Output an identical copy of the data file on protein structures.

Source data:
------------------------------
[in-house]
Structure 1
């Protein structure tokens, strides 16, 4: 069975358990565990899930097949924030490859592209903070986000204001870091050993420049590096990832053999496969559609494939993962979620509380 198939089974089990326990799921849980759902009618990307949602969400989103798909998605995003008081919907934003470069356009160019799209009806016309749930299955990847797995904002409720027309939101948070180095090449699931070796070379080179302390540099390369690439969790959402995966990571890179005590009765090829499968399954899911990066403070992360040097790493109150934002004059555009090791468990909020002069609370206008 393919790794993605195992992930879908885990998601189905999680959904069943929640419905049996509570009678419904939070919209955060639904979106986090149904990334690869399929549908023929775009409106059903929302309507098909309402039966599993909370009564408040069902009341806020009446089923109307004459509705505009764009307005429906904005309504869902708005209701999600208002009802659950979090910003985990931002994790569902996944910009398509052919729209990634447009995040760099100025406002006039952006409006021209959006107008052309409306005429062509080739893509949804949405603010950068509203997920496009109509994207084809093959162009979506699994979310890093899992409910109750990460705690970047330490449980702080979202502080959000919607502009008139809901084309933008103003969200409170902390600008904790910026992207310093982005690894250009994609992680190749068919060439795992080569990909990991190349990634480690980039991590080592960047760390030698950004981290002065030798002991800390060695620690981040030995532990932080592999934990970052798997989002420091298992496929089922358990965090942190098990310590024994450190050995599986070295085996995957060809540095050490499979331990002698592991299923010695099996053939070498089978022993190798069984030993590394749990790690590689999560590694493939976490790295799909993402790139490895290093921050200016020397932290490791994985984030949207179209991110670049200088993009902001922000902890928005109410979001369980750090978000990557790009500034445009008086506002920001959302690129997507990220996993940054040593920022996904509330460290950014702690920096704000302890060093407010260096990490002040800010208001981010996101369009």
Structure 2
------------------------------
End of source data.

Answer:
[in-house]
Structure 1
């Protein structure tokens, strides 16, 4: 069975358990565990899930097949924030490859592209903070986000204001870091050993420049590096990832053999496969559609494939993962979620509380 198939089974089990326990799921849980759902009618990307949602969400989103798909998605995003008081919907934003470069356009160019799209009806016309749930299955990847797995904002409720027309939101948070180095090449699931070796070379080179302390540099390369690439969790959402995966990571890179005590009765090829499968399954899911990066403070992360040097790493109150934002004059555009090791468990909020002069609370206008 393919790794993605195992992930879908885990998601189905999680959904069943929640419905049996509570009678419904939070919209955060639904979106986090149904990334690869399929549908023929775009409106059903929302309507098909309402039966599993909370009564408040069902009341806020009446089923109307004459509705505009764009307005429906904005309504869902708005209701999600208002009802659950979090910003985990931002994790569902996944910009398509052919729209990634447009995040760099100025406002006039952006409006021209959006107008052309409306005429062509080739893509949804949405603010950068509203997920496009109509994207084809093959162009979506699994979310890093899992409910109750990460705690970047330490449980702080979202502080959000919607502009008139809901084309933008103003969200409170902390600008904790910026992207310093982005690894250009994609992680190749068919060439795992080569990909990991190349990634480690980039991590080592960047760390030698950004981290002065030798002991800390060695620690981040030995532990932080592999934990970052798997989002420091298992496929089922358990965090942190098990310590024994450190050995599986070295085996995957060809540095050490499979331990002698592991299923010695099996053939070498089978022993190798069984030993590394749990790690590689999560590694493939976490790295799909993402790139490895290093921050200016020397932290490791994985984030949207179209991110670049200088993009902001922000902890928005109410979001369980750090978000990557790009500034445009008086506002920001959302690129997507990220996993940054040593920022996904509330460290950014702690920096704000302890060093407010260096990490002040800010208001981010996101369009």
Structure 2